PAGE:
and if, between the two

July 16 to October 27, 2013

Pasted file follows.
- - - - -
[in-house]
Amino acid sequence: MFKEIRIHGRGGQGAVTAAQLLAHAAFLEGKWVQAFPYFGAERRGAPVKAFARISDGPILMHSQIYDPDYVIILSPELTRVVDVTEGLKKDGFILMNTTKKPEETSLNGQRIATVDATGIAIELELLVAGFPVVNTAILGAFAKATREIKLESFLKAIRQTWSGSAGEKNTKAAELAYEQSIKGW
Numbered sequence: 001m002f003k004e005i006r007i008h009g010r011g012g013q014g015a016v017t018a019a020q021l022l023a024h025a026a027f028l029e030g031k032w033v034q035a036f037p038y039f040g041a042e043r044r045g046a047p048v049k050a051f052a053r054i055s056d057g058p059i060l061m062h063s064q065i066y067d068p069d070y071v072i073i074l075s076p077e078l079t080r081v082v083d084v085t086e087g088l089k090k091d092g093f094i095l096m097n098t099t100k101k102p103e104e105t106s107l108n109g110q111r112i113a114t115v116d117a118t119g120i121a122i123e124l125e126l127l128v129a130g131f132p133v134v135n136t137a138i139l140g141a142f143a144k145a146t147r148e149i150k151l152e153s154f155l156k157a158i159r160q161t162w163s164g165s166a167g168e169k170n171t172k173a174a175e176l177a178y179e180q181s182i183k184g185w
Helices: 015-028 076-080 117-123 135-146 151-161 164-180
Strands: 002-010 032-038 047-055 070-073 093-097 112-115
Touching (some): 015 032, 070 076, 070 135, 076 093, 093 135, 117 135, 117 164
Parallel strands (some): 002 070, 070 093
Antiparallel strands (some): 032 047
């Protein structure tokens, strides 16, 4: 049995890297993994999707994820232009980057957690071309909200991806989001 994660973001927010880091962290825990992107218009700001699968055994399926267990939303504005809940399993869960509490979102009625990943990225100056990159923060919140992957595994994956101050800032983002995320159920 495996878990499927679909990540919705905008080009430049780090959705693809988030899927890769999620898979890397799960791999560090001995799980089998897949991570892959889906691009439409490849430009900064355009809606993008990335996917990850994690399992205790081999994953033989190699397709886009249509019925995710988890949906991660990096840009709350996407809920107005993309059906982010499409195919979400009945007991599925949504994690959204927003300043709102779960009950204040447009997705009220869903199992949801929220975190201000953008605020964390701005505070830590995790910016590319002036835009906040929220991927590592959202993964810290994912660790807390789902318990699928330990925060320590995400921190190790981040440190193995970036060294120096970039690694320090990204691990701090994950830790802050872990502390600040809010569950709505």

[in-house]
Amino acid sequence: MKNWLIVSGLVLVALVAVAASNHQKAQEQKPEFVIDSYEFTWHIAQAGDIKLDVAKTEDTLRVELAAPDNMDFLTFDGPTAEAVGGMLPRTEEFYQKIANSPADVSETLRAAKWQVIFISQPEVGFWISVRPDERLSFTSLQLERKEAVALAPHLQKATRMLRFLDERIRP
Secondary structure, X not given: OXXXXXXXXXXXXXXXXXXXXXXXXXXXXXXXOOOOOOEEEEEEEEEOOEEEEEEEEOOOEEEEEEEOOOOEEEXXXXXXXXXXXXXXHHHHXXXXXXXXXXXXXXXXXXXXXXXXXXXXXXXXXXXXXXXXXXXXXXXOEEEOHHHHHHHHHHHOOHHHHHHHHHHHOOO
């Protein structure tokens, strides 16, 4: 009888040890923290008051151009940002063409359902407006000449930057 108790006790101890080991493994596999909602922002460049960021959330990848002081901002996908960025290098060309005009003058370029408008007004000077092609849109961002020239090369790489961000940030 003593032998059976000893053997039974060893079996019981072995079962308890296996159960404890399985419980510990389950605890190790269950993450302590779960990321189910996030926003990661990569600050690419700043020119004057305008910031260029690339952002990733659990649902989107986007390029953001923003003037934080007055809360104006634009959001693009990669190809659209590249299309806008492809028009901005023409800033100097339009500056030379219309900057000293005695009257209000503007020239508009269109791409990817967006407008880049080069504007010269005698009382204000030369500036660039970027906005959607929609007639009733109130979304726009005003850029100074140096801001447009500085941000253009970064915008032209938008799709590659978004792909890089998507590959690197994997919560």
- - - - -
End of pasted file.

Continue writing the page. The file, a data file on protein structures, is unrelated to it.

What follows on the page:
Through much of his career, artist Kenn Kotara, of Asheville, North Carolina has used the grid and geometric relationships in his work. Finding a similar structure in Braille writing led to his creation of this series based on Braille. Consisting of 18 hand-embossed paper bicolor paintings, the series is a logical extension of his previous work but raise new questions about the accessibility of art and how and what we choose to perceive. Just as visual art is largely inaccessible to the blind and Braille illegible to a most people, the language of abstract art requires a sort of literacy. With support from the Mary Josephine Larkins Charitable Foundation, the museum will collaborate with the Alabama Institute for the Deaf and Blind and the artist in presenting a series of programs for blind and low vision children and adults. The series’ title and content of the Braille encoded artworks are from the 18 chapters of Walden, by Henry David Thoreau, which Kotara says affected him strongly as a teenager and which has vividly descriptive and questioning text. “…and if, between the two” refers to restricting vision voluntarily – “As you look over the pond westward you are obliged to employ both your hands to defend your eyes against the reflected as well as the true sun, for they are equally bright; and if, between the two, you survey its surface critically, it is literally as smooth as glass, except where the skater insects, at equal intervals scattered over its whole extent, by their motions in the sun produce the finest imaginable sparkle on it, or, perchance, a duck plumes itself, or, as I have said, a swallow skims so low as to touch it.” Chapter 9, Walden